Raspberry leaf is a beloved ally for the childbearing years. You may read some sources that say it is safe to use throughout pregnancy, and you may read some that say it should only be used in the 2nd trimester and beyond. I am in the latter group because I found that when I drank a cup of raspberry leaf in my first trimester it made me feel a little crampy, which of course you want to avoid. So I held off on the RL until I was well into my second trimester. I upped my intake of it in the third trimester — a few cups per week — and tried to drink even more of it in my last final weeks.
You can read more about raspberry leaf and all of its wonderful benefits here. Briefly I’ll say that it is known as a partus preparator, meaning it prepares the uterus for labor. The tea contains an alkaloid called fragrine that helps to strengthen the muscle of the uterus and is thought to promote a quicker, easier labor.
Toward the end of my pregnancy I increased the amount of raspberry leaf I was consuming and tried to drink a quart of the tea every 2-3 days. At this point I also compiled my herbal birth and postpartum kit, which included herbs that I wanted to have on hand during labor and for recovery. Here’s what I included… (Read on to see what I actually ended up using…)
HERBAL BIRTH & RECOVERY KIT:
>> SCENTS / AROMATHERAPY
>> FLOWER ESSENCES
WHAT I ACTUALLY USED:
Honestly, I think I was a little over-prepared with this kit and ended up not using a lot of these items. Mostly that was because my labor came on so fast and furious and I quickly went to that place where you can’t speak or think straight.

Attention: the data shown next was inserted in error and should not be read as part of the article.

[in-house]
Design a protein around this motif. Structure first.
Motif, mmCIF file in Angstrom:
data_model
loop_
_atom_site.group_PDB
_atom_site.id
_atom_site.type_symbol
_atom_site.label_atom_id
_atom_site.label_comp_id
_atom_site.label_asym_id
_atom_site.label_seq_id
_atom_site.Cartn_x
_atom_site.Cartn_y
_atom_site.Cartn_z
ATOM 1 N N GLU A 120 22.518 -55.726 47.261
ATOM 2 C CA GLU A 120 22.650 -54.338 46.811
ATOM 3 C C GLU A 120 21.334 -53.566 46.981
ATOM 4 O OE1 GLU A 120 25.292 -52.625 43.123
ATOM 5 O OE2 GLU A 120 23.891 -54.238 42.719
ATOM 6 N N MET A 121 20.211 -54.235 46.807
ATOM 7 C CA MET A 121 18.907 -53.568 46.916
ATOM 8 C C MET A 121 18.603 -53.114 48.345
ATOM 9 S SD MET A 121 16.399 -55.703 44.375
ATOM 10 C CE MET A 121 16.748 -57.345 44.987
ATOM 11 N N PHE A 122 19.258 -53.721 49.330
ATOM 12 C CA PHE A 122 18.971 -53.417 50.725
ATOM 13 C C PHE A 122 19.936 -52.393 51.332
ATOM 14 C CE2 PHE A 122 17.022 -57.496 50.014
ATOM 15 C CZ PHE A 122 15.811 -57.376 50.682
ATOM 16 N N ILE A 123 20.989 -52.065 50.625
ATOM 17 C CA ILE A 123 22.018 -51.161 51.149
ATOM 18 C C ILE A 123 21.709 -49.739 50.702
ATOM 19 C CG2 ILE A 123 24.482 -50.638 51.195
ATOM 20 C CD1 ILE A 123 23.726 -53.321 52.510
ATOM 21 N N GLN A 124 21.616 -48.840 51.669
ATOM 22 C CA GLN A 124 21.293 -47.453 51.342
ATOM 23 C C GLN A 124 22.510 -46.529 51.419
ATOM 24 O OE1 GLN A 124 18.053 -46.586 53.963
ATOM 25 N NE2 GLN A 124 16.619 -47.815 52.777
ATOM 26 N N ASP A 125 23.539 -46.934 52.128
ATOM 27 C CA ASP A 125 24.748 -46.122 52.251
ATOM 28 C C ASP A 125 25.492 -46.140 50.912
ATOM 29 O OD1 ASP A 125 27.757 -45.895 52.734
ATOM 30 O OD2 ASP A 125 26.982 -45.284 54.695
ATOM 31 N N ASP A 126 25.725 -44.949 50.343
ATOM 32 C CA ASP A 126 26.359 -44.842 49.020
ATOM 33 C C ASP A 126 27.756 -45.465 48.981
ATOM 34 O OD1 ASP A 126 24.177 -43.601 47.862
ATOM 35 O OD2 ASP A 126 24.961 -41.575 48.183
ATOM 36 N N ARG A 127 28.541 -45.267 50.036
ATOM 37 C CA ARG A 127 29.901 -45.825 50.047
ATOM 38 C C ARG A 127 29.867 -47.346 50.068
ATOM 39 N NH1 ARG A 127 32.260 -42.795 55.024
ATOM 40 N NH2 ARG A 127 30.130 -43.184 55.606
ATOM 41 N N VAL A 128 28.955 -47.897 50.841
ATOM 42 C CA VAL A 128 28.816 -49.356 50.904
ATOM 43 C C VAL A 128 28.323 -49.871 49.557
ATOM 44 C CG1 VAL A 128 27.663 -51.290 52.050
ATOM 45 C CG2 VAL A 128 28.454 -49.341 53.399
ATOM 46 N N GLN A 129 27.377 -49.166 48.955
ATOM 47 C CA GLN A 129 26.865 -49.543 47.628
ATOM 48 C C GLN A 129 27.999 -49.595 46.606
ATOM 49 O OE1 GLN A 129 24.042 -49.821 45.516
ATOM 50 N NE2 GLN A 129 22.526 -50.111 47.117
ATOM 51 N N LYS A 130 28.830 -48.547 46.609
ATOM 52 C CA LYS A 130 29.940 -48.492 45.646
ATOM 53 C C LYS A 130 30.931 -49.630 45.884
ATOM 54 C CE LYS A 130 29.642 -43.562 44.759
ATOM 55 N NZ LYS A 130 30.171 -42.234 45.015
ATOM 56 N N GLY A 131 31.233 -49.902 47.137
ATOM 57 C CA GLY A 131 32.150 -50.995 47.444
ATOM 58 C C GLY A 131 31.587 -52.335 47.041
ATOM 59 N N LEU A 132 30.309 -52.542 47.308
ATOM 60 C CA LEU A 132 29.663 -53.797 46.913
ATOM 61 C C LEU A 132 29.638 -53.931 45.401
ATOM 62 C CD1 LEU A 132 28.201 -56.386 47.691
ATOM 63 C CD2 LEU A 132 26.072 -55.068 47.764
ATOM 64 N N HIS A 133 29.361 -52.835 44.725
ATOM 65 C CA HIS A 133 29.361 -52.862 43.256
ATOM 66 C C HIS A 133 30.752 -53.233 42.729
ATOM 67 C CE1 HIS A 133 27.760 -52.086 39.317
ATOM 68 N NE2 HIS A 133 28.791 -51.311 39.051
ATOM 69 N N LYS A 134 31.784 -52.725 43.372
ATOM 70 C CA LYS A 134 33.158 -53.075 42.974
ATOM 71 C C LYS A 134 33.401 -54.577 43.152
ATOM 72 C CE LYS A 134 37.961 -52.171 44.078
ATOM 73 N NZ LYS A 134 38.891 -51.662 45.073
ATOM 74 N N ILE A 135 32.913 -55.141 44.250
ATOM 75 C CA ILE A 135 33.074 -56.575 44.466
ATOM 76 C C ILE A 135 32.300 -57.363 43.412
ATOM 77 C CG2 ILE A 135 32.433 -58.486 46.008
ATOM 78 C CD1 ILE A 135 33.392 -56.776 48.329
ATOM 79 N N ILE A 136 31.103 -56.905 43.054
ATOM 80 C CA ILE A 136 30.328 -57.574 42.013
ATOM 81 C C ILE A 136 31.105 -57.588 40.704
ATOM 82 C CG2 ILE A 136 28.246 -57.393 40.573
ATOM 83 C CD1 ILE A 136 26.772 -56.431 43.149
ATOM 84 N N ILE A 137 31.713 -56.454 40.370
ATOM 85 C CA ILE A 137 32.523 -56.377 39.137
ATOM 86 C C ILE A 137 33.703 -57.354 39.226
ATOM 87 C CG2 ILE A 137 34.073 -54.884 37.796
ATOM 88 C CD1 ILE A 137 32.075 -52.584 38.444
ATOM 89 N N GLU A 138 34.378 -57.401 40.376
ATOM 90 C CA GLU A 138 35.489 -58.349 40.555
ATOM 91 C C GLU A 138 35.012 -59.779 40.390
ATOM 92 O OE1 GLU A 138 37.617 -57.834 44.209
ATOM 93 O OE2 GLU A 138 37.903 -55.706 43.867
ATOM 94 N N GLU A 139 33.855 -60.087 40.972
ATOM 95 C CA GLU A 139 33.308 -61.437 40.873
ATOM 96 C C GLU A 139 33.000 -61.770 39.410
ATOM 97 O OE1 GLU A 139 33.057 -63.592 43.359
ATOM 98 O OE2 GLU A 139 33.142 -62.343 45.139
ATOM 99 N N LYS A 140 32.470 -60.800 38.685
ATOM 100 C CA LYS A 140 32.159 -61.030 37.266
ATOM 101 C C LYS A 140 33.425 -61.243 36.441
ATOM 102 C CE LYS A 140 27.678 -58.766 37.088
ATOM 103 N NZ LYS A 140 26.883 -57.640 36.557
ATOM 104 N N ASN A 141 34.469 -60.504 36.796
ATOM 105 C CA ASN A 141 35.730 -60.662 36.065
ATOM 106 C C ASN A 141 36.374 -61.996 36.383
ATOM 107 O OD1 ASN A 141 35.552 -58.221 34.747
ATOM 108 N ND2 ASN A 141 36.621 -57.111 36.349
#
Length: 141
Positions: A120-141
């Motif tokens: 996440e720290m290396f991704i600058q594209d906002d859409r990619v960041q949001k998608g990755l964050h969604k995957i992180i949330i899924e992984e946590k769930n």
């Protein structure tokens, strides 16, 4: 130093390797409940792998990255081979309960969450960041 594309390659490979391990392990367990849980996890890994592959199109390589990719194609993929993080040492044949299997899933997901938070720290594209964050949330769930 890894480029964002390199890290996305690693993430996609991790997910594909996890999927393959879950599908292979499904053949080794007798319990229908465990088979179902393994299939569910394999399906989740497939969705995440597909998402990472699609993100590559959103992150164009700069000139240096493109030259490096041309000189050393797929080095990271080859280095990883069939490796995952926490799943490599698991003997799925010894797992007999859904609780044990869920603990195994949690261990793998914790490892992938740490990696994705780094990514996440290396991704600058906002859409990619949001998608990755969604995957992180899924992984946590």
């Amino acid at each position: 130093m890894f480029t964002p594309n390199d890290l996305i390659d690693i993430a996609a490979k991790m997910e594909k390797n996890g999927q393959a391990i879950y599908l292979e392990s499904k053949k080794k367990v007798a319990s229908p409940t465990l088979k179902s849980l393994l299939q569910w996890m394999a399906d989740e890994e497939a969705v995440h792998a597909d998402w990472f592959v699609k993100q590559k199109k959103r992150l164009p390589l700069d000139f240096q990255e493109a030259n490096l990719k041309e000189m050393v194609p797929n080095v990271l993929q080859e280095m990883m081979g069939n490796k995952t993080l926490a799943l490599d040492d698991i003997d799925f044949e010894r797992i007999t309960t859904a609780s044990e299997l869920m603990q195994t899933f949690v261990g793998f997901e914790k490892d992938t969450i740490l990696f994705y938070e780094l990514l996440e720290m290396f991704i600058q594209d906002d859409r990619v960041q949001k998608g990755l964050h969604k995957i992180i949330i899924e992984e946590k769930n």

The total time of my labor — including early labor and active labor through to the birth — was just 8.5 hours, which is quite fast for a first-time mom. Perhaps all the raspberry leaf tea I had been drinking helped to speed things along, but it’s hard to know for certain since I have nothing to compare it to.
A lot of the herbs in my kit would have been helpful if I had a really long, drawn out labor and needed more of a physical or mental boost.
What I ended up relying on during labor was the Labor Aid drink (which tasted so good!), raspberry leaf tea, and the flower essences (which I included in my beverages and also put in the bath at one point).
Soon after giving birth I also drank a bunch of raspberry leaf tea with a couple dropperfuls of yarrow tincture to help with the postpartum bleeding. It really seemed to do the trick. I also took the homeopathic Arnica 30C for about 2 weeks afterwards to help with the intense soreness my body experienced. I used herbal sitz baths to help heal tender tissues, and took fenugreek seeds from time to time to support milk production. Finally, I had a bottle of motherwort tincture near me at all times and took a few drops when I was feeling a bit overwhelmed or emotional in those first delicate weeks of new motherhood.
And that’s it!
If you are looking to create your own herbal birth kit choose the herbs and plants that you already love and know well. And keep it simple. In the throes of labor you want to keep one or two comforting items — whether it’s a tea, scent or flower essence — close by and not worry about various bottles to sort through.
I hope this is helpful for some mama’s-to-be out there. These beautiful herbs are here to help and support us— call upon them when you need them!
Raspberry leaf (Rubus idaeus) is a beautiful, delicious, nutritive and practical herb, and a very versatile plant that appeals to nearly everyone in one way or another.
Most of us are familiar with raspberry as a food — who doesn’t love fresh summer-ripe raspberries? But the part of the plant that I’ll be discussing in this article is the leaf. I love the foliage of this plant: the leaves are run through with veins, and are dark green on the top, and a lovely silvery-white on the back.